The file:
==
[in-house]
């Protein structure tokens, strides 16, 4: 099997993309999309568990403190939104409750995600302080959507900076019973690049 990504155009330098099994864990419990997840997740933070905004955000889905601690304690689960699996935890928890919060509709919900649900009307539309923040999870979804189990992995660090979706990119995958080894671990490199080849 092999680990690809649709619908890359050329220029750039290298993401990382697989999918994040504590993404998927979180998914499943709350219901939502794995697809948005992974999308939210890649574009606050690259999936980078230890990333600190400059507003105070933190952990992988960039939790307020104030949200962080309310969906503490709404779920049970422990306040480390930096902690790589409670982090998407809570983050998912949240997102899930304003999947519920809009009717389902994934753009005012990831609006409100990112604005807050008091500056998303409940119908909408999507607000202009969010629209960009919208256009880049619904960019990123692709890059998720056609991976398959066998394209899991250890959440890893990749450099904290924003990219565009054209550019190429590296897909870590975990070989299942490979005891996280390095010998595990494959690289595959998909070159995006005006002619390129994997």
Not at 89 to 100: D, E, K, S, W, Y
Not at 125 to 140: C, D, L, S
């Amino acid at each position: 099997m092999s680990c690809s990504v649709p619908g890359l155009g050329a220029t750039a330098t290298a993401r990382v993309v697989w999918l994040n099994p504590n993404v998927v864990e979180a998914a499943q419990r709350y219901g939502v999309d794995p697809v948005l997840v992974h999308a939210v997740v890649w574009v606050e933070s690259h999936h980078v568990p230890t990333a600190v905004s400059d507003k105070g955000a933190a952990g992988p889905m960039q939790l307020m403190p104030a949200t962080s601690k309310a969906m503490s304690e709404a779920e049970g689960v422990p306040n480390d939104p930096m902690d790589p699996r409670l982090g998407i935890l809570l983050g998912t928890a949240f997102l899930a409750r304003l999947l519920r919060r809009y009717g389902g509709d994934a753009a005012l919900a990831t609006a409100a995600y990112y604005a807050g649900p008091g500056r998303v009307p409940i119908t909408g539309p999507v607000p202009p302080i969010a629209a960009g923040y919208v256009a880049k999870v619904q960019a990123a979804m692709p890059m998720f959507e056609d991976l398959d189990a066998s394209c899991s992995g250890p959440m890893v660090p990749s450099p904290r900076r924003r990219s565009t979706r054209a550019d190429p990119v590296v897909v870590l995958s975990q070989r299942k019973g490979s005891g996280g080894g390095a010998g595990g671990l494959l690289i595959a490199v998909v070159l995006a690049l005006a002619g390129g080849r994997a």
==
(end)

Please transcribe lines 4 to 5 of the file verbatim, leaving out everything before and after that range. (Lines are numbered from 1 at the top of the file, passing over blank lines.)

Not at 125 to 140: C, D, L, S
């Amino acid at each position: 099997m092999s680990c690809s990504v649709p619908g890359l155009g050329a220029t750039a330098t290298a993401r990382v993309v697989w999918l994040n099994p504590n993404v998927v864990e979180a998914a499943q419990r709350y219901g939502v999309d794995p697809v948005l997840v992974h999308a939210v997740v890649w574009v606050e933070s690259h999936h980078v568990p230890t990333a600190v905004s400059d507003k105070g955000a933190a952990g992988p889905m960039q939790l307020m403190p104030a949200t962080s601690k309310a969906m503490s304690e709404a779920e049970g689960v422990p306040n480390d939104p930096m902690d790589p699996r409670l982090g998407i935890l809570l983050g998912t928890a949240f997102l899930a409750r304003l999947l519920r919060r809009y009717g389902g509709d994934a753009a005012l919900a990831t609006a409100a995600y990112y604005a807050g649900p008091g500056r998303v009307p409940i119908t909408g539309p999507v607000p202009p302080i969010a629209a960009g923040y919208v256009a880049k999870v619904q960019a990123a979804m692709p890059m998720f959507e056609d991976l398959d189990a066998s394209c899991s992995g250890p959440m890893v660090p990749s450099p904290r900076r924003r990219s565009t979706r054209a550019d190429p990119v590296v897909v870590l995958s975990q070989r299942k019973g490979s005891g996280g080894g390095a010998g595990g671990l494959l690289i595959a490199v998909v070159l995006a690049l005006a002619g390129g080849r994997a």